Lawson Tait
1887 The Lancet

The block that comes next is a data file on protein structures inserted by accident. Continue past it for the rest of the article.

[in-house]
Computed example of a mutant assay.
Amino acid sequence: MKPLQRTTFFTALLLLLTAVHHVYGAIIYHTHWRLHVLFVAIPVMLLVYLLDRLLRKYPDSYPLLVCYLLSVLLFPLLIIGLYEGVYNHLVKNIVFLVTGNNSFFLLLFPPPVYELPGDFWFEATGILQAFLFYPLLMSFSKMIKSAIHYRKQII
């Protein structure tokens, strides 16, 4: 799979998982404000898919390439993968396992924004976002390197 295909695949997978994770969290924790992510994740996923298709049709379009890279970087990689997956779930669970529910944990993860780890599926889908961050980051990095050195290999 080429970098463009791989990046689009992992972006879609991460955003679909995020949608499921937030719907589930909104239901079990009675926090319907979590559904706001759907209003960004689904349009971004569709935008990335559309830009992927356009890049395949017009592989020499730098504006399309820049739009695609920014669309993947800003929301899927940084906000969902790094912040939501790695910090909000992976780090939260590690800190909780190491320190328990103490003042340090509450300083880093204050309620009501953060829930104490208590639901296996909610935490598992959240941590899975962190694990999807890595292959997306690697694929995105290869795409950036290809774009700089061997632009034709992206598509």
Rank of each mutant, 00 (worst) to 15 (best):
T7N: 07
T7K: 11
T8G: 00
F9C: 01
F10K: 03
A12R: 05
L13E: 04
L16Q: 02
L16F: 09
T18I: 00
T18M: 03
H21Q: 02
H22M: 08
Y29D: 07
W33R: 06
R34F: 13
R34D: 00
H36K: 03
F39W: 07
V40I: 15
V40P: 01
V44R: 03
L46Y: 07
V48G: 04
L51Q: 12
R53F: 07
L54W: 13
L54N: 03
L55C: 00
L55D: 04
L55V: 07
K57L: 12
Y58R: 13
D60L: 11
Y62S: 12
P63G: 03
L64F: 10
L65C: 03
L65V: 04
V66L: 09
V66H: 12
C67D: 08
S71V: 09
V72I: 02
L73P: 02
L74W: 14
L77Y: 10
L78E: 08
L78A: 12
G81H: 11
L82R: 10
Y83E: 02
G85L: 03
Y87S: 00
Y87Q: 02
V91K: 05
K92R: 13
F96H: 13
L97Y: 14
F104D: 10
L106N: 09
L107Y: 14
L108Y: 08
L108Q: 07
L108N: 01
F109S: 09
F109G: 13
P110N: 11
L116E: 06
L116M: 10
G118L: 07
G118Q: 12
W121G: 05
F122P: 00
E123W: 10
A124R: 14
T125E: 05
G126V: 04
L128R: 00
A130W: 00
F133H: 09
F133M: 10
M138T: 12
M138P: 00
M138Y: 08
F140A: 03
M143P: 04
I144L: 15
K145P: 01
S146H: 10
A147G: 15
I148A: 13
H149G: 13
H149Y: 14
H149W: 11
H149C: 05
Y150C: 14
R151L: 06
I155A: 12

THE husband of this patient, a well-known physician in Rome, applied to me early in August concerning the sufferings of his wife, and he has given me the following history of the case. She was thirty-three years of age last July; she was married at eighteen; the first child was born ten months afterwards, the labour being natural and the convalescence perfect. In 1874 she aborted at the third month, the pregnancy being twins. The came of the abortion was accredited to an accident, by which she